Last week, we were thrilled when students took the final step in the year-long process of Student Activities Fee Endowment reform by voting in favor of all three proposals.
Georgetown University Student Association President Mike Meaney (SFS ’12) and Vice President Greg Laverriere (COL ’12) should be applauded, along with the GUSA senate, for encouraging openness and transparency throughout the year. This progress suggests GUSA is ready to take on an expanded role in campus affairs. By increasing voter thresholds for elections and referendum, GUSA can boost its legitimacy in the eyes of both students and administrators, making the case for its inclusion in an even greater range of university decisions.
SAFE reform, which culminated in last week’s referendum, was conducted with admirable professionalism. GUSA held multiple town halls, solicited proposals and whittled them down to three viable options. It is the first time in years that students have had official control over a sizable chunk of university funding.
Just as impressive is the relatively high voter turnout GUSA managed to generate: over 2,500 students voted on each issue, exceeding the 2,000-vote threshold imposed for the referendum. In fact, the vote totals are comparable to the number cast in the student body presidential elections of recent years, which have also experienced growth in turnout.
But this year’s success implies that GUSA can progress further. With a significant portion of the undergraduate body now taking part in student body-wide referenda and elections, it might be time to reconsider threshold levels. This year, after the 2,000-vote minimum was reached, a proposal needed a simple majority to pass. In theory, any one of the proposals could have passed with 1,001 “yes” votes, which would represent the support of less than one-seventh of the undergraduate student body.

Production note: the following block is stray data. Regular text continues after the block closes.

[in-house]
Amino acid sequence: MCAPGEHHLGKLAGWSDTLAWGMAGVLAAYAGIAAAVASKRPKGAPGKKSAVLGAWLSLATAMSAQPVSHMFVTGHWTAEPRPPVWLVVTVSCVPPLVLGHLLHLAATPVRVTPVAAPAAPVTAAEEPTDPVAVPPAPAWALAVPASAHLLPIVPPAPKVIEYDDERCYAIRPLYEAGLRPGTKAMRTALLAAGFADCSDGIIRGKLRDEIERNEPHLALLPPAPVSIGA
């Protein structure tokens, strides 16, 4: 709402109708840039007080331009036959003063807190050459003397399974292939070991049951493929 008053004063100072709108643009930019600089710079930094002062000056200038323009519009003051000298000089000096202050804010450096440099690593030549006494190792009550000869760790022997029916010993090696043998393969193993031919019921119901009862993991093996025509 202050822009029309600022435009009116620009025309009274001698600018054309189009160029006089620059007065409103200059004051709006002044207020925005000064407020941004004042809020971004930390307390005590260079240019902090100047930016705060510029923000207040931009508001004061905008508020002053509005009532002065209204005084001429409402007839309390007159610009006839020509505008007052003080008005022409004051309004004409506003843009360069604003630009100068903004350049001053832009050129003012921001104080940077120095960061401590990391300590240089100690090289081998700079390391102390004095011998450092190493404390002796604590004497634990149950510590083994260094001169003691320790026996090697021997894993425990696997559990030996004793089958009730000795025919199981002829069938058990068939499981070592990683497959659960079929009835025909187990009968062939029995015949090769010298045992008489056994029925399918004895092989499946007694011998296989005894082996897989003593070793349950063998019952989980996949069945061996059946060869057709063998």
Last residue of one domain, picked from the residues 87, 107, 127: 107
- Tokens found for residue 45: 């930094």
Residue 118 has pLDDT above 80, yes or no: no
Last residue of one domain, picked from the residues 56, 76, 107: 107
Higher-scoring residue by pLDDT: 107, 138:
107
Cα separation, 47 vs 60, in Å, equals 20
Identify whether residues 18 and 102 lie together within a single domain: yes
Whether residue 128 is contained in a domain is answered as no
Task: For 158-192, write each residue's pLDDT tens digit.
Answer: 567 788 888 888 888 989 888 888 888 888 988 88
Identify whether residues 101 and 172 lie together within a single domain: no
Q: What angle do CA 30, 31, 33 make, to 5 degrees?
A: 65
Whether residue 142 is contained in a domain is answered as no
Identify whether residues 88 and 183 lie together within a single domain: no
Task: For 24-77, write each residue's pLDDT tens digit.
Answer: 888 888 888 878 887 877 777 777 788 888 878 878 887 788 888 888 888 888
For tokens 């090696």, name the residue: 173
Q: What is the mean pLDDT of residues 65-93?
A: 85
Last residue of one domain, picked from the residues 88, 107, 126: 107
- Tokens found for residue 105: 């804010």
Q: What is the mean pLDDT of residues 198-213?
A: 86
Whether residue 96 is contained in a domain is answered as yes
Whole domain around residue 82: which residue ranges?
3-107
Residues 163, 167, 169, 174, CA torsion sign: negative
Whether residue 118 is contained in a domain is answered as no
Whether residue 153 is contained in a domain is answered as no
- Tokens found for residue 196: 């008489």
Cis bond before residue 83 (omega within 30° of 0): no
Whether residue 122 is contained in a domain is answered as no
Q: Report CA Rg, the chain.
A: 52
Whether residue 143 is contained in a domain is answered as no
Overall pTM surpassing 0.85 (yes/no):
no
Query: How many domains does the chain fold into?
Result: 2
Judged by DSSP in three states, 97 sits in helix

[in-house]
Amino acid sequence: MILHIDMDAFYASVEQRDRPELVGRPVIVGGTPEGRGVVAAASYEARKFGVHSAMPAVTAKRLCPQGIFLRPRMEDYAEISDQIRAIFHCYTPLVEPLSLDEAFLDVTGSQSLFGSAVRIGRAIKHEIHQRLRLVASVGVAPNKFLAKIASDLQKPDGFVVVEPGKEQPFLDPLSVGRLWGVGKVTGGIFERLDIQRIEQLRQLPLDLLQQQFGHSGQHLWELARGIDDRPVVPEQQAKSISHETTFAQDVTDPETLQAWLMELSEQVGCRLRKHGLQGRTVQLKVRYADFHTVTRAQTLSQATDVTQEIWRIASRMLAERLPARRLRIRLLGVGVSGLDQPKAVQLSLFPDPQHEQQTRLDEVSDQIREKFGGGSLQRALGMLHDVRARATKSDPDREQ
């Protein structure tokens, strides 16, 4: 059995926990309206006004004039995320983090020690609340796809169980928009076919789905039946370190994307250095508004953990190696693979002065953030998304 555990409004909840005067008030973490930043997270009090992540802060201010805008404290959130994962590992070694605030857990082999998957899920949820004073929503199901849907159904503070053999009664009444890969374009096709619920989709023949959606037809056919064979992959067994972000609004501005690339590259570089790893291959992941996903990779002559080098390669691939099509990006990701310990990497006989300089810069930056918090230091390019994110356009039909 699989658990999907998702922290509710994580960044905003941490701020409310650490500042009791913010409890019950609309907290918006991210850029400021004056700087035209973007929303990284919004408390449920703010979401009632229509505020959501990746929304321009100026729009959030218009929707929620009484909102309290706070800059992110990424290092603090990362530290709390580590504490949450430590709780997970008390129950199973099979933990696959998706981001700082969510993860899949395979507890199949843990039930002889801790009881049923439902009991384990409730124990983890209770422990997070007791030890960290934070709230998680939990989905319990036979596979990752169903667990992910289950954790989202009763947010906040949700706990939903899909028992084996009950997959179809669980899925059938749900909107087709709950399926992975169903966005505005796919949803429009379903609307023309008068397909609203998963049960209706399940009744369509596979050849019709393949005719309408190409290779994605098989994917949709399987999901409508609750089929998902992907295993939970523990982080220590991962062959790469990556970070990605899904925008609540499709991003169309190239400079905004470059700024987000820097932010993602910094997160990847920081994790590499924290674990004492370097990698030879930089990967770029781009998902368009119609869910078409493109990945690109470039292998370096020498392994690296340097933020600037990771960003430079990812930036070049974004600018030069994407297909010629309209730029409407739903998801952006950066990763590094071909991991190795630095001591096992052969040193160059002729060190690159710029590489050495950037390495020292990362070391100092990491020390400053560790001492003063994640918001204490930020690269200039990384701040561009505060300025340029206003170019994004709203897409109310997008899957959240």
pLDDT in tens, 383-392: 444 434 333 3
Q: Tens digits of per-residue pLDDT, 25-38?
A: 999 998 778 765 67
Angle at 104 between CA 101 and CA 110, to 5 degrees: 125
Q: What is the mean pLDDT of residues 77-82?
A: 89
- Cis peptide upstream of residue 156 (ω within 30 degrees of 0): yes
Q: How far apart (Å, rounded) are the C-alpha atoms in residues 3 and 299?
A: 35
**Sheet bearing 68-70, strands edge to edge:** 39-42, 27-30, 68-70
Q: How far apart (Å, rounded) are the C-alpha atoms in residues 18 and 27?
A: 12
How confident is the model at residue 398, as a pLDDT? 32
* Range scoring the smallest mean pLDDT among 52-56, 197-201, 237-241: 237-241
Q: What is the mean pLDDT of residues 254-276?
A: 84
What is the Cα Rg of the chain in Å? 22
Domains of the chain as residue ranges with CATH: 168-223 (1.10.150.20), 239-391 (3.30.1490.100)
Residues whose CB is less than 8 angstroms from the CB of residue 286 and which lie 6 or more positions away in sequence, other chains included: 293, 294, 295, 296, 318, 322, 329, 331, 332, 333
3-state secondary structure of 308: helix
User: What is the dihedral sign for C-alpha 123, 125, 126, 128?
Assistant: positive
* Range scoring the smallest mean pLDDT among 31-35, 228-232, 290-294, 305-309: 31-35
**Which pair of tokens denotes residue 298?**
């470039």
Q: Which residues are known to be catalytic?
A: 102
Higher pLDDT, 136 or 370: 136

There is no doubt that last week’s student body vote was valid. More than 85 percent of the votes cast for each proposal were positive, and none of the proposals had more than 350 detractors. But with a precedent of high student turnout now firmly established, it would make sense to give any future referendum even more legitimacy by establishing a “yes” vote threshold rather than a total vote threshold.
We are suggesting a system by which a certain number of votes in favor would be required, perhaps around 1,500, for a referendum to pass. This system would only add to GUSA’s legitimacy, and its recommendation shouldn’t be taken as a criticism of the organization but as a compliment to the work done so far. We believe that GUSA has reached a point where it functions well enough to take on larger university issues that could improve student life even more.
Despite some of the criticisms that GUSA has received over the past few years, there is no denying the success it has attained with this latest SAFE referendum. We are proud to have seen our student body leadership come such a long way, and we look forward to seeing the benefits of the passed proposals. But most importantly, we hope GUSA will be able to sustain and build upon established levels of participation and dialogue with voters in years to come.